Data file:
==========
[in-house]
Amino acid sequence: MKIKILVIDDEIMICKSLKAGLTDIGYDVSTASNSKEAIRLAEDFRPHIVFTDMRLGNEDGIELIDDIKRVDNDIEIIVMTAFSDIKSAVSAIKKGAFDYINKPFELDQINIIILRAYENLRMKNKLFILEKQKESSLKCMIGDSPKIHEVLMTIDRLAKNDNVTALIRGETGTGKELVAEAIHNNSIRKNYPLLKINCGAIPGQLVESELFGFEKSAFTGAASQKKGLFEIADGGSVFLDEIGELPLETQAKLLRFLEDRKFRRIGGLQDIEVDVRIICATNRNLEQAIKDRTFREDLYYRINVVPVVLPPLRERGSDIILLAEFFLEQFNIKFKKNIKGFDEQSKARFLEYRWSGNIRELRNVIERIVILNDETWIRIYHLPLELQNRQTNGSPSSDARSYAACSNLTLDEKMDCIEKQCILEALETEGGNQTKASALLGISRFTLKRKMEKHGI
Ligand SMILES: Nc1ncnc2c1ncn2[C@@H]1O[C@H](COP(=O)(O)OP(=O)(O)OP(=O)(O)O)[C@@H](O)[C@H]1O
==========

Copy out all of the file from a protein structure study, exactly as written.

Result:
[in-house]
Amino acid sequence: MKIKILVIDDEIMICKSLKAGLTDIGYDVSTASNSKEAIRLAEDFRPHIVFTDMRLGNEDGIELIDDIKRVDNDIEIIVMTAFSDIKSAVSAIKKGAFDYINKPFELDQINIIILRAYENLRMKNKLFILEKQKESSLKCMIGDSPKIHEVLMTIDRLAKNDNVTALIRGETGTGKELVAEAIHNNSIRKNYPLLKINCGAIPGQLVESELFGFEKSAFTGAASQKKGLFEIADGGSVFLDEIGELPLETQAKLLRFLEDRKFRRIGGLQDIEVDVRIICATNRNLEQAIKDRTFREDLYYRINVVPVVLPPLRERGSDIILLAEFFLEQFNIKFKKNIKGFDEQSKARFLEYRWSGNIRELRNVIERIVILNDETWIRIYHLPLELQNRQTNGSPSSDARSYAACSNLTLDEKMDCIEKQCILEALETEGGNQTKASALLGISRFTLKRKMEKHGI
Ligand SMILES: Nc1ncnc2c1ncn2[C@@H]1O[C@H](COP(=O)(O)OP(=O)(O)OP(=O)(O)O)[C@@H](O)[C@H]1O